Celebrating Our Small Business Owner

Celebrating Our Small Business Owner

Last week, people across the country celebrated the achievements of America’s small business community during National Small Business Week. At TCJ, however, we like to treat every week as if it is National Small Business Week. With the multitude of articles, op-eds, bylines, pundits, talking heads and organizations putting out their views on the small business climate and the importance of small business to the US economy, the human element can get lost. At the heart of any small business is a man or woman, the driving force behind that ventures daily successes and failures. That individual does not work 8 hour days, does not have the luxury of weekends. The sun rises and sets with business on their mind. THEY are the driving force of this economy, because without these innovators, creators and visionaries, small business would just be another set of words strung together in happenstance. So in the spirit of celebrating small businesses, we here at TCJ are going to celebrate the small business owner. For it is he or she who toils day in and day out to fuel this great country.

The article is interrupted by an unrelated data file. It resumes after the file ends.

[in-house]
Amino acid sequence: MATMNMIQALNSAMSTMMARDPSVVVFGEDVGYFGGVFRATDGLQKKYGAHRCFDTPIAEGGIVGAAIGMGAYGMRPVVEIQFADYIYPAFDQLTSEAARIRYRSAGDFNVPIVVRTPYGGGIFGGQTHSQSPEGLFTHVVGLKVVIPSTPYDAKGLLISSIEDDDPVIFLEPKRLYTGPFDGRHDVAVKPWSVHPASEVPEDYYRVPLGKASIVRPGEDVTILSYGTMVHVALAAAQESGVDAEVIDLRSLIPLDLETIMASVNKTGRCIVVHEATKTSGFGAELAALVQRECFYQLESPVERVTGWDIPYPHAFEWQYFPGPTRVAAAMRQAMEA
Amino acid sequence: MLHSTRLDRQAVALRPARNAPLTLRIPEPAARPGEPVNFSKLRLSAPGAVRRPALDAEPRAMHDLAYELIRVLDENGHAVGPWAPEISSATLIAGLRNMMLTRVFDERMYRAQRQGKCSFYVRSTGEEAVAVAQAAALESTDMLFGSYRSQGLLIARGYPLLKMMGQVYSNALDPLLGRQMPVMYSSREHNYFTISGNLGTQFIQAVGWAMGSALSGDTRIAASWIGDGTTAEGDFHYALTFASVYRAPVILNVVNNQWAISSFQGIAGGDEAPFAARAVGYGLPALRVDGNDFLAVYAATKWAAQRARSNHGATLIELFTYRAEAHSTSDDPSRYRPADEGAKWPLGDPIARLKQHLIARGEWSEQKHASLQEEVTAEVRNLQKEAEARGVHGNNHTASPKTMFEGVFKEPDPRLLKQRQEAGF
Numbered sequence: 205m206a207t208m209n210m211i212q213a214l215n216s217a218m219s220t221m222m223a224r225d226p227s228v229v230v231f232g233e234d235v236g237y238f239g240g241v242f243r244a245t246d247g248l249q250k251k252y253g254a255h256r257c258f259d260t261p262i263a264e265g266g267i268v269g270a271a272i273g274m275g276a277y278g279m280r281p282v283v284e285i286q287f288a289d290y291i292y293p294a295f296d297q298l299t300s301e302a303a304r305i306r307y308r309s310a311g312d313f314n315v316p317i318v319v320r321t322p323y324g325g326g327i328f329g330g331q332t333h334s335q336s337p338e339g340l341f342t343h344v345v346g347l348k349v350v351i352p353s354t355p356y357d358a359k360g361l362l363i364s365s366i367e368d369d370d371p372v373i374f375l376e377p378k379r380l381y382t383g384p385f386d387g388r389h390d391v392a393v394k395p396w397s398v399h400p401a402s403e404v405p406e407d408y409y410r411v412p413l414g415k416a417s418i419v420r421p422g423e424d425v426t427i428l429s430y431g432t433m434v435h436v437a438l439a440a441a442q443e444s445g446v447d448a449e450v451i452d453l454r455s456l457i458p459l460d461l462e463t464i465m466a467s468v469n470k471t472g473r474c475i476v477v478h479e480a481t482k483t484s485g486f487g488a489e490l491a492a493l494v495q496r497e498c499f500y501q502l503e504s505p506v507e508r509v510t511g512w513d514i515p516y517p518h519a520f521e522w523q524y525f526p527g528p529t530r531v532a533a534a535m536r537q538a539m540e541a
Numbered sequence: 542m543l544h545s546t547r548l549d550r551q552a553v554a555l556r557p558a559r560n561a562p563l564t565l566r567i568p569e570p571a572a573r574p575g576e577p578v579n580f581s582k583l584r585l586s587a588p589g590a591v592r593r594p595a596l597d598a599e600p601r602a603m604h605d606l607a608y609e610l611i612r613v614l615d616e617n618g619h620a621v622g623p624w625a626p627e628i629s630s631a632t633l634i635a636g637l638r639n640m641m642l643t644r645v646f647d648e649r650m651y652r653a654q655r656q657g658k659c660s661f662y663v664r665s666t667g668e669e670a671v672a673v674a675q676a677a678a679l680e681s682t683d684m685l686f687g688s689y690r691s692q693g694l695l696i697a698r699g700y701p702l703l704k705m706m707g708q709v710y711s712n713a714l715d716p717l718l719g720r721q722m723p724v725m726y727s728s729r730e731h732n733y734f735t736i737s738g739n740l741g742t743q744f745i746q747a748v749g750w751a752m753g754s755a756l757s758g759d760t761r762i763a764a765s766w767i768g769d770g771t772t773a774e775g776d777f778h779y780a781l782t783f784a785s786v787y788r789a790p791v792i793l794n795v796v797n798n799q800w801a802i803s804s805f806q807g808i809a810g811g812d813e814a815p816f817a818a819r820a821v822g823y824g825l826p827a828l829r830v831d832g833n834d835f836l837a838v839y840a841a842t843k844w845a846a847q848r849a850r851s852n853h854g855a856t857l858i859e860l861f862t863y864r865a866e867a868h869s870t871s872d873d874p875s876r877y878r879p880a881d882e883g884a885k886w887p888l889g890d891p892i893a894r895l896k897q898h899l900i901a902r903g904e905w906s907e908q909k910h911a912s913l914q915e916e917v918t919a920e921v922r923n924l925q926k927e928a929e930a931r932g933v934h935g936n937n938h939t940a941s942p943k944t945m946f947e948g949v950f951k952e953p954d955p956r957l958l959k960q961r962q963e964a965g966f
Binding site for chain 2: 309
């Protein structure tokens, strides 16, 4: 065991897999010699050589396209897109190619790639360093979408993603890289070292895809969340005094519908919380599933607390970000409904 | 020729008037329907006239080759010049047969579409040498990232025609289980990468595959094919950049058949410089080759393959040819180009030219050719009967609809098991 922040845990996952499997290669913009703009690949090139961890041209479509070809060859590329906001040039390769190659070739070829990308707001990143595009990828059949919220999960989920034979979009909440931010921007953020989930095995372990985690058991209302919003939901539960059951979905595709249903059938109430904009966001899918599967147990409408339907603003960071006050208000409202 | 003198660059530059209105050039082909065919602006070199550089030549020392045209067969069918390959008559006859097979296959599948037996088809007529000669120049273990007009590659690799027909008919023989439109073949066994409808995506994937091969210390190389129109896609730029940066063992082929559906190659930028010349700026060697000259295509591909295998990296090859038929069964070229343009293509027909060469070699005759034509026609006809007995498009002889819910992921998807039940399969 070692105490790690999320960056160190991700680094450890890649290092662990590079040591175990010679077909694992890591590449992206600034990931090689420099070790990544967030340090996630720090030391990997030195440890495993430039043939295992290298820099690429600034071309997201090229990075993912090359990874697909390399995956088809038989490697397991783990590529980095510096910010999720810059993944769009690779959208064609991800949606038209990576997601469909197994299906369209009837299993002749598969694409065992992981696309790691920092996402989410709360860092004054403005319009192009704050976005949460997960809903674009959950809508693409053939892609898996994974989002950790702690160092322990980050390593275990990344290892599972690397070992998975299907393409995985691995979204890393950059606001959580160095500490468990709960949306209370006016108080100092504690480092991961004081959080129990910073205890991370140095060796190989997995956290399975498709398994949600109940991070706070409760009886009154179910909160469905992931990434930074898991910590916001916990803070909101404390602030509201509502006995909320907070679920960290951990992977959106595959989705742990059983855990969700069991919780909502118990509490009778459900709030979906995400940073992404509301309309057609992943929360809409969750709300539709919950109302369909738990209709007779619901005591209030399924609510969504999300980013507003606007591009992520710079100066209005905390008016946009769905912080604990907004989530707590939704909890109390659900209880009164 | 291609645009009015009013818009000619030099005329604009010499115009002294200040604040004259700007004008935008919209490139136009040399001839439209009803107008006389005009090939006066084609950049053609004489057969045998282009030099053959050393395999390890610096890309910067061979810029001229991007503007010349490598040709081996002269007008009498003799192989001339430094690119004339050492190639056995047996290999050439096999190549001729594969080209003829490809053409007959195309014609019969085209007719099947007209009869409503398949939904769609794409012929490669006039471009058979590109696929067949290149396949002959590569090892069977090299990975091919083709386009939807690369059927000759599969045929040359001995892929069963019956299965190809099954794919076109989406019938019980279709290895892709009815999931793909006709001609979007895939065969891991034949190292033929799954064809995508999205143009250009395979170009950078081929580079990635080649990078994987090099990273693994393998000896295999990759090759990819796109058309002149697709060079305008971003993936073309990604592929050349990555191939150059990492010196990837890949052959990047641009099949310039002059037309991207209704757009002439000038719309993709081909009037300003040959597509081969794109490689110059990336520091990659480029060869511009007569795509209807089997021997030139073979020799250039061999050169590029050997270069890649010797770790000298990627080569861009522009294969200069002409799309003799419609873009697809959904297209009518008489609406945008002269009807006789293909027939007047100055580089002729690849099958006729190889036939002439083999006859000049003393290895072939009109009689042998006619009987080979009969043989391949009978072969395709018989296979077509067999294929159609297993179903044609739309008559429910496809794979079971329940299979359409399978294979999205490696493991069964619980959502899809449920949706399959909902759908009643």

The credit belongs to the man who is actually in the arena, whose face is marred by dust and sweat and blood..
— Teddy Roosevelt

Teddy Roosevelt, one of my most revered inspirations, put it best in this excerpt from the speech "Citizenship in a Republic" delivered at the Sorbonne, in Paris, France on April 23, 1910

The Man in the Arena

“It is not the critic who counts; not the man who points out how the strong man stumbles, or where the doer of deeds could have done them better. The credit belongs to the man who is actually in the arena, whose face is marred by dust and sweat and blood; who strives valiantly; who errs, who comes short again and again, because there is no effort without error and shortcoming; but who does actually strive to do the deeds; who knows great enthusiasms, the great devotions; who spends himself in a worthy cause; who at the best knows in the end the triumph of high achievement, and who at the worst, if he fails, at least fails while daring greatly, so that his place shall never be with those cold and timid souls who neither know victory nor defeat.”